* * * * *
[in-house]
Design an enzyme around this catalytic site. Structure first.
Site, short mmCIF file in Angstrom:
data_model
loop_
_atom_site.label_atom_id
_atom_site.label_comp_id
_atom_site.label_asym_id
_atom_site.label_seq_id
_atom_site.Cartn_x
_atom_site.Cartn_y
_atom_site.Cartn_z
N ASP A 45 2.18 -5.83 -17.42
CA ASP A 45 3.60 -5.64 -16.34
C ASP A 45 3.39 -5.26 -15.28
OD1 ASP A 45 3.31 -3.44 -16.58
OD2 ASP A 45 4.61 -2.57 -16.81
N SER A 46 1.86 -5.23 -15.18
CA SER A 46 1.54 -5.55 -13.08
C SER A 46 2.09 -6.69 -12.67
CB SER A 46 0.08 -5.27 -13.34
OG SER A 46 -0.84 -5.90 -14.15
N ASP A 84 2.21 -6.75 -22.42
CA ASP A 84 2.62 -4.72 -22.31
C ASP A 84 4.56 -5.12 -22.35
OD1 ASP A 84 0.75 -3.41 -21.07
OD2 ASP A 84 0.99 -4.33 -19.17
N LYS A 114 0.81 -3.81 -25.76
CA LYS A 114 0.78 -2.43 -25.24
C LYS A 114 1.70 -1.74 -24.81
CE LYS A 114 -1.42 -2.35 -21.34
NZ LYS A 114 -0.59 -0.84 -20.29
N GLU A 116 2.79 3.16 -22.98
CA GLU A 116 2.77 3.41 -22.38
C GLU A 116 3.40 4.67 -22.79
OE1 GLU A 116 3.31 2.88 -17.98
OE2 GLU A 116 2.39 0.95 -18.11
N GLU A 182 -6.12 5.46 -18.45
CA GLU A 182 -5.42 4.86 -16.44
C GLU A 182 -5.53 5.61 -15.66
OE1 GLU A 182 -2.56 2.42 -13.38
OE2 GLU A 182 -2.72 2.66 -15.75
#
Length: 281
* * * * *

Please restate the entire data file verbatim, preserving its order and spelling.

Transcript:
[in-house]
Design an enzyme around this catalytic site. Structure first.
Site, short mmCIF file in Angstrom:
data_model
loop_
_atom_site.label_atom_id
_atom_site.label_comp_id
_atom_site.label_asym_id
_atom_site.label_seq_id
_atom_site.Cartn_x
_atom_site.Cartn_y
_atom_site.Cartn_z
N ASP A 45 2.18 -5.83 -17.42
CA ASP A 45 3.60 -5.64 -16.34
C ASP A 45 3.39 -5.26 -15.28
OD1 ASP A 45 3.31 -3.44 -16.58
OD2 ASP A 45 4.61 -2.57 -16.81
N SER A 46 1.86 -5.23 -15.18
CA SER A 46 1.54 -5.55 -13.08
C SER A 46 2.09 -6.69 -12.67
CB SER A 46 0.08 -5.27 -13.34
OG SER A 46 -0.84 -5.90 -14.15
N ASP A 84 2.21 -6.75 -22.42
CA ASP A 84 2.62 -4.72 -22.31
C ASP A 84 4.56 -5.12 -22.35
OD1 ASP A 84 0.75 -3.41 -21.07
OD2 ASP A 84 0.99 -4.33 -19.17
N LYS A 114 0.81 -3.81 -25.76
CA LYS A 114 0.78 -2.43 -25.24
C LYS A 114 1.70 -1.74 -24.81
CE LYS A 114 -1.42 -2.35 -21.34
NZ LYS A 114 -0.59 -0.84 -20.29
N GLU A 116 2.79 3.16 -22.98
CA GLU A 116 2.77 3.41 -22.38
C GLU A 116 3.40 4.67 -22.79
OE1 GLU A 116 3.31 2.88 -17.98
OE2 GLU A 116 2.39 0.95 -18.11
N GLU A 182 -6.12 5.46 -18.45
CA GLU A 182 -5.42 4.86 -16.44
C GLU A 182 -5.53 5.61 -15.66
OE1 GLU A 182 -2.56 2.42 -13.38
OE2 GLU A 182 -2.72 2.66 -15.75
#
Length: 281